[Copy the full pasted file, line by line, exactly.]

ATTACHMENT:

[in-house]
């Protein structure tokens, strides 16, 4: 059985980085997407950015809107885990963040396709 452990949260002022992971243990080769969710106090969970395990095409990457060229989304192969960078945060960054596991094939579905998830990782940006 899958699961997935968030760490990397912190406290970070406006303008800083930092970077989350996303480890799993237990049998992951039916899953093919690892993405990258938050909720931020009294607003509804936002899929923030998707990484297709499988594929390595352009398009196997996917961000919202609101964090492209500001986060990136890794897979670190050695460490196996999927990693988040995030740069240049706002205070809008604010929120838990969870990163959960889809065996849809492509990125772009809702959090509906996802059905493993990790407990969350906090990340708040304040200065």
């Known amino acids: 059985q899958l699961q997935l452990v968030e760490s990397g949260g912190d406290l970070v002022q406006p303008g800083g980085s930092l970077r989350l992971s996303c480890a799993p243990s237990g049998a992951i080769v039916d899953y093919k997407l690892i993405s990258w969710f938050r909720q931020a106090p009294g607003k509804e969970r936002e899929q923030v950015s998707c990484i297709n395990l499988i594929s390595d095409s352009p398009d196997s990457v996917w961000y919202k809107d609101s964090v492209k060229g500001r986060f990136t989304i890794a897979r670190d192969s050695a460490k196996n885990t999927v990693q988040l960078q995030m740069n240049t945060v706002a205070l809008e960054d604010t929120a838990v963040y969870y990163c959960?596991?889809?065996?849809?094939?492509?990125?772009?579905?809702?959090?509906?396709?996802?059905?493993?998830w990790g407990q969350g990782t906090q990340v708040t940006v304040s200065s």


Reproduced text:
[in-house]
């Protein structure tokens, strides 16, 4: 059985980085997407950015809107885990963040396709 452990949260002022992971243990080769969710106090969970395990095409990457060229989304192969960078945060960054596991094939579905998830990782940006 899958699961997935968030760490990397912190406290970070406006303008800083930092970077989350996303480890799993237990049998992951039916899953093919690892993405990258938050909720931020009294607003509804936002899929923030998707990484297709499988594929390595352009398009196997996917961000919202609101964090492209500001986060990136890794897979670190050695460490196996999927990693988040995030740069240049706002205070809008604010929120838990969870990163959960889809065996849809492509990125772009809702959090509906996802059905493993990790407990969350906090990340708040304040200065």
């Known amino acids: 059985q899958l699961q997935l452990v968030e760490s990397g949260g912190d406290l970070v002022q406006p303008g800083g980085s930092l970077r989350l992971s996303c480890a799993p243990s237990g049998a992951i080769v039916d899953y093919k997407l690892i993405s990258w969710f938050r909720q931020a106090p009294g607003k509804e969970r936002e899929q923030v950015s998707c990484i297709n395990l499988i594929s390595d095409s352009p398009d196997s990457v996917w961000y919202k809107d609101s964090v492209k060229g500001r986060f990136t989304i890794a897979r670190d192969s050695a460490k196996n885990t999927v990693q988040l960078q995030m740069n240049t945060v706002a205070l809008e960054d604010t929120a838990v963040y969870y990163c959960?596991?889809?065996?849809?094939?492509?990125?772009?579905?809702?959090?509906?396709?996802?059905?493993?998830w990790g407990q969350g990782t906090q990340v708040t940006v304040s200065s």